Assuming that you already have a goal that considers your finances, no matter if it’s a dream vacation, a desire for early retirement or just wanting to get a handle on your budget, there are three basic steps for making your personal finance work for you.
The first rule you have to follow when establishing your personal budget is to always be consistent. That being said, you should also be honest with yourself. Gather together all your utility bills, receipts, and any other proof of payment for every purchase you made in the last month and put it in front of you. If you have the time you can even create charts in order to get a visual overview of your spending, determine where your money is going and evaluate the necessities of certain costs. Now that you know how much of your funds is going where, think about your goals. What can you do to reach them faster? It is important to set minimums and maximums for your spending. Once you’ve done that, see where you can cut even more costs for the benefit of your savings plan. Trust me, it is manageable. Smart budgeting takes time, but it really pays off in the long run. Once you have everything in front of you, you can move on to the next step.
There are many simple ways to save money but the main tenant always remains the same: consistency is key. For example, monitoring your power usage always pays off. If you can remember to always turn off the lights when you leave a room, then you are already saving money. It’s as easy as that. Energy efficient lamps and bulbs can also help you with this. Unplug every appliance when you are finished using it. When it comes to heating, you will definitely save money in the long term if you make some small investments in your home such as sealing all doors and upgrading your windows and insulation. Find out more about how to save on utilities, and as insignificant as it may seem, if you adopt these helpful habits, you’ll be surprised at how much you save.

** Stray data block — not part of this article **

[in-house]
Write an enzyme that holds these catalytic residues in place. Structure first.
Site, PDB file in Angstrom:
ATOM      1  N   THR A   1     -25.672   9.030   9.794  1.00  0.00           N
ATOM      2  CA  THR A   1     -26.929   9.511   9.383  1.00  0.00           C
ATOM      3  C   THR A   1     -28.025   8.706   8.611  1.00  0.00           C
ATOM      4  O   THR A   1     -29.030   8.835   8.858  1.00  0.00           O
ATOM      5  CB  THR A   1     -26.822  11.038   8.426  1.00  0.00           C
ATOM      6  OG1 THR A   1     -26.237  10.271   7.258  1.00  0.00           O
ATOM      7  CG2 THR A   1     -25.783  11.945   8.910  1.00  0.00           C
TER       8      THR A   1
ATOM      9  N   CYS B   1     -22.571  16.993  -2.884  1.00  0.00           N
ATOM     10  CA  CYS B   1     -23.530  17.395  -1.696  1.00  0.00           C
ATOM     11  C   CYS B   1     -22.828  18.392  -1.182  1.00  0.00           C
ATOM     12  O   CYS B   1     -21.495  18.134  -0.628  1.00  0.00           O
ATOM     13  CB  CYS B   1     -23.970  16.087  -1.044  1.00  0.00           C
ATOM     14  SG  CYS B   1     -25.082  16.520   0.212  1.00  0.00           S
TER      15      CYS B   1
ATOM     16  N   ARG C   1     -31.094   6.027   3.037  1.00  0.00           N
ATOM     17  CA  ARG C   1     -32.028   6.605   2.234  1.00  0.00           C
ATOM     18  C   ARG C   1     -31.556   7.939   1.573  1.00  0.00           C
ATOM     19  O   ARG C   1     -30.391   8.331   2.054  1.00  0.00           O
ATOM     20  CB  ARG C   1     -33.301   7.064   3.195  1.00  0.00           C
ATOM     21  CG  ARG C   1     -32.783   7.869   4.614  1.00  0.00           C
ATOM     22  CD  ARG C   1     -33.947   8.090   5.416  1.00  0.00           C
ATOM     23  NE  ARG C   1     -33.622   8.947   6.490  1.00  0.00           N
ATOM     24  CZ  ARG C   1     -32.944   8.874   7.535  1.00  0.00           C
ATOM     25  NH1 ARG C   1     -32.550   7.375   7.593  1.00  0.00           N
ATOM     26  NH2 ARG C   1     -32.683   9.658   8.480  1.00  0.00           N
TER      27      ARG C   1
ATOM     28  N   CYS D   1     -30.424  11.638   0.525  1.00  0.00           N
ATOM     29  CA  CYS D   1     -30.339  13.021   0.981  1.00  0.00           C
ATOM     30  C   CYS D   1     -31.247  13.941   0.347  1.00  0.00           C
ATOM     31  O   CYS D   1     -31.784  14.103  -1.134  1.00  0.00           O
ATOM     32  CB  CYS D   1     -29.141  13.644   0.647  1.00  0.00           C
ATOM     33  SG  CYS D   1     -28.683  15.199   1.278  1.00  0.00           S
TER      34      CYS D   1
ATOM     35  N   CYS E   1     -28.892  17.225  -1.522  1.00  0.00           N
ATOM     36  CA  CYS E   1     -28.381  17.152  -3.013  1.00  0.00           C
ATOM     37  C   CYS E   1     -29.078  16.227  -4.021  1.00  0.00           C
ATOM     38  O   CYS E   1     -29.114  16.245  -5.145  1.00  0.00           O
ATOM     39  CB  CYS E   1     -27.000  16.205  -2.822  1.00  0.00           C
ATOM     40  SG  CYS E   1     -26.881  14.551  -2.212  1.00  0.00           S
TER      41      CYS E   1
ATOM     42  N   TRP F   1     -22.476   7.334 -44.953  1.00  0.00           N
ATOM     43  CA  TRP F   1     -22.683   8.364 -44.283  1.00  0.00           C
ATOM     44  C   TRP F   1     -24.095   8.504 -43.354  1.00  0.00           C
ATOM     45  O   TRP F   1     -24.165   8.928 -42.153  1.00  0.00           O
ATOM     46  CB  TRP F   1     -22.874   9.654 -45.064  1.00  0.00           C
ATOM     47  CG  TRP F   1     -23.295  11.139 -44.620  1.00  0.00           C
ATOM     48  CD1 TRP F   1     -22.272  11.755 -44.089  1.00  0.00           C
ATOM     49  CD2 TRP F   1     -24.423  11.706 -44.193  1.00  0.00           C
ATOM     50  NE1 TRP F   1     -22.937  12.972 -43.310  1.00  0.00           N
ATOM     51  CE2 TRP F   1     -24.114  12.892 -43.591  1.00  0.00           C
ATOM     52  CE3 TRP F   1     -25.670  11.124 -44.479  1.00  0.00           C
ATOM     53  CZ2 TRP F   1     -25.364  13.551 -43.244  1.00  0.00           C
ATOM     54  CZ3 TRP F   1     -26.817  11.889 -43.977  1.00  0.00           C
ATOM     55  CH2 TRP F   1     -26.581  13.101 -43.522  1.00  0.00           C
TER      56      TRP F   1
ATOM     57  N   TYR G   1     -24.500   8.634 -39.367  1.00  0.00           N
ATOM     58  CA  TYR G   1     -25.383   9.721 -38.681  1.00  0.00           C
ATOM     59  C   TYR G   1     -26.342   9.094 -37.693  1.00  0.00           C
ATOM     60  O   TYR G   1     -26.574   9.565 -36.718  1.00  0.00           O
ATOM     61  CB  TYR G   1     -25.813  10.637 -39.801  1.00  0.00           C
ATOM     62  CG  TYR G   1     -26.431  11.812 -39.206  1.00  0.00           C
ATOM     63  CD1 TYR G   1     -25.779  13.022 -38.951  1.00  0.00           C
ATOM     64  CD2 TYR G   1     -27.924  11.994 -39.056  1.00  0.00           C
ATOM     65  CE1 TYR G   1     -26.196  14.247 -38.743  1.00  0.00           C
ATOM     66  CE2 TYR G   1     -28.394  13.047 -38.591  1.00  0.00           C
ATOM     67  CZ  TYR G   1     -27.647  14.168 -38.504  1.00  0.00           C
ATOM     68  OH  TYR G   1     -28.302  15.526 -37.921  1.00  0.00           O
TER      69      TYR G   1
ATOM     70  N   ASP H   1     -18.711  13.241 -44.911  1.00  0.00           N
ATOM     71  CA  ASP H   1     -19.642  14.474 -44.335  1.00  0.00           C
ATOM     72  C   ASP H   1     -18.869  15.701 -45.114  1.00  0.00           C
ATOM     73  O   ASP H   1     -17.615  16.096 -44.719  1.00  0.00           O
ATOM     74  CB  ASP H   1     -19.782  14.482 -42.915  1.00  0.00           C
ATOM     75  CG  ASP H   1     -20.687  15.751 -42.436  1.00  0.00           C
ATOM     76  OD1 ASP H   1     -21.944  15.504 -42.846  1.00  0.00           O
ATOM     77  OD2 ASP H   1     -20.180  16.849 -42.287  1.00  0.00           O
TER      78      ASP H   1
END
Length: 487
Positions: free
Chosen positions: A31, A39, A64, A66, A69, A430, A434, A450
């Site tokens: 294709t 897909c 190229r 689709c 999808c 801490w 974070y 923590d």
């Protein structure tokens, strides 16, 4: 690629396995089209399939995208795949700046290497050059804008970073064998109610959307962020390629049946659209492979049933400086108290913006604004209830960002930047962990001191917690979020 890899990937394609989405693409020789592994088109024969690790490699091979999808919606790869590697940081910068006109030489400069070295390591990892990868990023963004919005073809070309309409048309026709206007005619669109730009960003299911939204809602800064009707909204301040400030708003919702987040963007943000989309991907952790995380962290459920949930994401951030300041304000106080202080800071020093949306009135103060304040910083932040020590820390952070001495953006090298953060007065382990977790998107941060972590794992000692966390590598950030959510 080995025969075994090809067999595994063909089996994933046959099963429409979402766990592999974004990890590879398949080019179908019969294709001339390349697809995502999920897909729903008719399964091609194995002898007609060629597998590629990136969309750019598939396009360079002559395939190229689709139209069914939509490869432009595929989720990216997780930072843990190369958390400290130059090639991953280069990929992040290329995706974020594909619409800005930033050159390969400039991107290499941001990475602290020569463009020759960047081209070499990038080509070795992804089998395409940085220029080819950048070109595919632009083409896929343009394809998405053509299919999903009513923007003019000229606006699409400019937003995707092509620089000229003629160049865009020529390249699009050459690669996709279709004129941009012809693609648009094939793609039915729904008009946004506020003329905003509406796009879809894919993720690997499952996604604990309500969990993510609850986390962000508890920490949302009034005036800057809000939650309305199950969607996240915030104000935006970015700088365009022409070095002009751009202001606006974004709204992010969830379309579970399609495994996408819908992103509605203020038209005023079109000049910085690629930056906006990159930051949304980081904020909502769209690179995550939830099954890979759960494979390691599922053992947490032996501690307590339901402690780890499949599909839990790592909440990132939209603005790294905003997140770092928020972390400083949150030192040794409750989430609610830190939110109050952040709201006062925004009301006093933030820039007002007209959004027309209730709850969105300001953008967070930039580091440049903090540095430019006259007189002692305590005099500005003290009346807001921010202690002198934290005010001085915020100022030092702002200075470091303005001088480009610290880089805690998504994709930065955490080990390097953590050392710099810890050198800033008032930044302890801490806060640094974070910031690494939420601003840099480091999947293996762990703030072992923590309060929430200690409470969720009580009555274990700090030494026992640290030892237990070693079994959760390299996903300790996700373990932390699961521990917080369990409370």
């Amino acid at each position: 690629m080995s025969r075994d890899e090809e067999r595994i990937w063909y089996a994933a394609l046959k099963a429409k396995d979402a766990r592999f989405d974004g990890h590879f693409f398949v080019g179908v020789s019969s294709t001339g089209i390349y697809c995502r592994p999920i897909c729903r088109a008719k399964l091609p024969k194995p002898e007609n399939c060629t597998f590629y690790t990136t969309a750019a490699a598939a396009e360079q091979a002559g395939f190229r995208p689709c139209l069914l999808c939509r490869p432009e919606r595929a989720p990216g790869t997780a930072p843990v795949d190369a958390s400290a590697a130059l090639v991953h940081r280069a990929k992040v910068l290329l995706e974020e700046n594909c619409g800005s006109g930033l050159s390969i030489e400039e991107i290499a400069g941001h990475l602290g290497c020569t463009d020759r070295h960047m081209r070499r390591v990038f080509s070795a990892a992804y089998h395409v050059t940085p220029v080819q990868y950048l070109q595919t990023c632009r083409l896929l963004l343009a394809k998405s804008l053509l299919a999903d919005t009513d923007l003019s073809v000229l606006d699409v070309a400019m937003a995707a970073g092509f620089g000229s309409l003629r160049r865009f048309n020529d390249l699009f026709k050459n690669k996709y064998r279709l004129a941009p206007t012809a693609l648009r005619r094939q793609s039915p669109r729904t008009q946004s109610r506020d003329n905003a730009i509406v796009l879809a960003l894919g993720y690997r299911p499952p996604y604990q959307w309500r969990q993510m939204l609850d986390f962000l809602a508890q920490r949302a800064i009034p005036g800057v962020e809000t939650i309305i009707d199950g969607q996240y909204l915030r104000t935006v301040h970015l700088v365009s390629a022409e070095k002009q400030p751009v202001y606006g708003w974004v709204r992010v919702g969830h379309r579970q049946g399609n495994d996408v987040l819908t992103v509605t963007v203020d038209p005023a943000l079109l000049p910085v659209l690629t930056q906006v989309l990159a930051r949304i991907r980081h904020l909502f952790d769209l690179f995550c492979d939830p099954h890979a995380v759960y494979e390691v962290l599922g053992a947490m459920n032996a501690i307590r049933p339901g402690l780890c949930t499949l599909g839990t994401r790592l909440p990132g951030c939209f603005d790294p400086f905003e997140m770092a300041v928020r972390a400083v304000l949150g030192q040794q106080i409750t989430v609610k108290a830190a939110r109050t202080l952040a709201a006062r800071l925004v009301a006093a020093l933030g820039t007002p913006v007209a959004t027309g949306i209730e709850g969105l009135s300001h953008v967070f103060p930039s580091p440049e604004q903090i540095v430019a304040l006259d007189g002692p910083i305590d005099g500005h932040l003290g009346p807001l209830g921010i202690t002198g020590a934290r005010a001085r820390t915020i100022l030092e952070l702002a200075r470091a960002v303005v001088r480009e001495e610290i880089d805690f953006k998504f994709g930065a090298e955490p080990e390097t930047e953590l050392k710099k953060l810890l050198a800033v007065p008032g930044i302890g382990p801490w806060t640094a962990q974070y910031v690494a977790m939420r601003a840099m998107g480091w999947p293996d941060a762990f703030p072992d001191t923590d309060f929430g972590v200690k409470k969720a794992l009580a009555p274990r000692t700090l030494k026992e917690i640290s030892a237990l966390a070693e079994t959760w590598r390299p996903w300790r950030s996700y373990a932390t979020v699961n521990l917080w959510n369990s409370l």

Also, use your time spent online wisely and save money while shopping. This is a very helpful tip, so be sure look into it. As far as car pooling goes, we are all well aware of the price of gas so organize your trips with friends or co-workers and make them worth your while. Use coupons for food, buy groceries according to weekly sales and organize your grocery shopping so that you can avoid throwing food away.
Credit cards can be either your best friend or your worst enemy. Remember our first rule? It is understandable that after a mortgage, car payments and utilities we aren’t left with many options, and for some months we simply need that extra money. Some things are manageable and could be of enormous benefit. For example, you can see what the effect would be of reorganizing your car payments by trying out this biweekly auto loan calculator. You may find that an extra couple of hundred dollars or so can make a huge difference and that the biweekly method can end up saving you money over time. Micromanaging smaller expenses is always best, but if you can cut some larger costs that you can do without, give it a try, just remember that this doesn’t mean you should stop saving on utilities and basically on every bill with some wiggle room.
Here are three changes that have made an enormous difference for me personally: I took out my landline, started taking yoga classes online instead of at a gym, and stopped smoking. They may be small changes, but they have saved me over $1300 a year.